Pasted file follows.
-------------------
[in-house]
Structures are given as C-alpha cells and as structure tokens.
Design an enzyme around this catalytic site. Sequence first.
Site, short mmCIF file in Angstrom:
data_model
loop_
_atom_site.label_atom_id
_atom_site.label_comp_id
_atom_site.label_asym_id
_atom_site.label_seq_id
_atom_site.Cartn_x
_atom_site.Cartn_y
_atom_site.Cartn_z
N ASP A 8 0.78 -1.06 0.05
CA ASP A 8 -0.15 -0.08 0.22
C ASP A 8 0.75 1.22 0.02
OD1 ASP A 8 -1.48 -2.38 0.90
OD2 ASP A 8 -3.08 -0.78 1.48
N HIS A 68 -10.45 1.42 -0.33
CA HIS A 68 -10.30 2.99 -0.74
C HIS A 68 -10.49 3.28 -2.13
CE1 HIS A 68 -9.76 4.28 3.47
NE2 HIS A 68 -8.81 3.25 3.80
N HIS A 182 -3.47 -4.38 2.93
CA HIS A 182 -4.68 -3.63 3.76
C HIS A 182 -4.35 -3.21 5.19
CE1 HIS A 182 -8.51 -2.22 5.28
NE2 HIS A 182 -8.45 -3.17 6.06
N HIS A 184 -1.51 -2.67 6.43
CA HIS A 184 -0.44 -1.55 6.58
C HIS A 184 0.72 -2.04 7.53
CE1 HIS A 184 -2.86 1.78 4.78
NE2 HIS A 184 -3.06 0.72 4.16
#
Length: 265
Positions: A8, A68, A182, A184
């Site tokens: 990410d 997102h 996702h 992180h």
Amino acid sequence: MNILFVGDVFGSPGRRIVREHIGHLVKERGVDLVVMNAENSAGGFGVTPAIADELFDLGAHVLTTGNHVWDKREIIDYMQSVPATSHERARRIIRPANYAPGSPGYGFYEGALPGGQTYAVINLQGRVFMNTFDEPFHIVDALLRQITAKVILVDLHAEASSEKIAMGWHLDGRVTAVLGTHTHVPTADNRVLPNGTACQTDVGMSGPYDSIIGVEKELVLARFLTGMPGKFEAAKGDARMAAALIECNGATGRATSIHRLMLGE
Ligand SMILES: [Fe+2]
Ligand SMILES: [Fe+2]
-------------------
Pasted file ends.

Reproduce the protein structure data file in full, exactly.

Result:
[in-house]
Structures are given as C-alpha cells and as structure tokens.
Design an enzyme around this catalytic site. Sequence first.
Site, short mmCIF file in Angstrom:
data_model
loop_
_atom_site.label_atom_id
_atom_site.label_comp_id
_atom_site.label_asym_id
_atom_site.label_seq_id
_atom_site.Cartn_x
_atom_site.Cartn_y
_atom_site.Cartn_z
N ASP A 8 0.78 -1.06 0.05
CA ASP A 8 -0.15 -0.08 0.22
C ASP A 8 0.75 1.22 0.02
OD1 ASP A 8 -1.48 -2.38 0.90
OD2 ASP A 8 -3.08 -0.78 1.48
N HIS A 68 -10.45 1.42 -0.33
CA HIS A 68 -10.30 2.99 -0.74
C HIS A 68 -10.49 3.28 -2.13
CE1 HIS A 68 -9.76 4.28 3.47
NE2 HIS A 68 -8.81 3.25 3.80
N HIS A 182 -3.47 -4.38 2.93
CA HIS A 182 -4.68 -3.63 3.76
C HIS A 182 -4.35 -3.21 5.19
CE1 HIS A 182 -8.51 -2.22 5.28
NE2 HIS A 182 -8.45 -3.17 6.06
N HIS A 184 -1.51 -2.67 6.43
CA HIS A 184 -0.44 -1.55 6.58
C HIS A 184 0.72 -2.04 7.53
CE1 HIS A 184 -2.86 1.78 4.78
NE2 HIS A 184 -3.06 0.72 4.16
#
Length: 265
Positions: A8, A68, A182, A184
């Site tokens: 990410d 997102h 996702h 992180h």
Amino acid sequence: MNILFVGDVFGSPGRRIVREHIGHLVKERGVDLVVMNAENSAGGFGVTPAIADELFDLGAHVLTTGNHVWDKREIIDYMQSVPATSHERARRIIRPANYAPGSPGYGFYEGALPGGQTYAVINLQGRVFMNTFDEPFHIVDALLRQITAKVILVDLHAEASSEKIAMGWHLDGRVTAVLGTHTHVPTADNRVLPNGTACQTDVGMSGPYDSIIGVEKELVLARFLTGMPGKFEAAKGDARMAAALIECNGATGRATSIHRLMLGE
Ligand SMILES: [Fe+2]
Ligand SMILES: [Fe+2]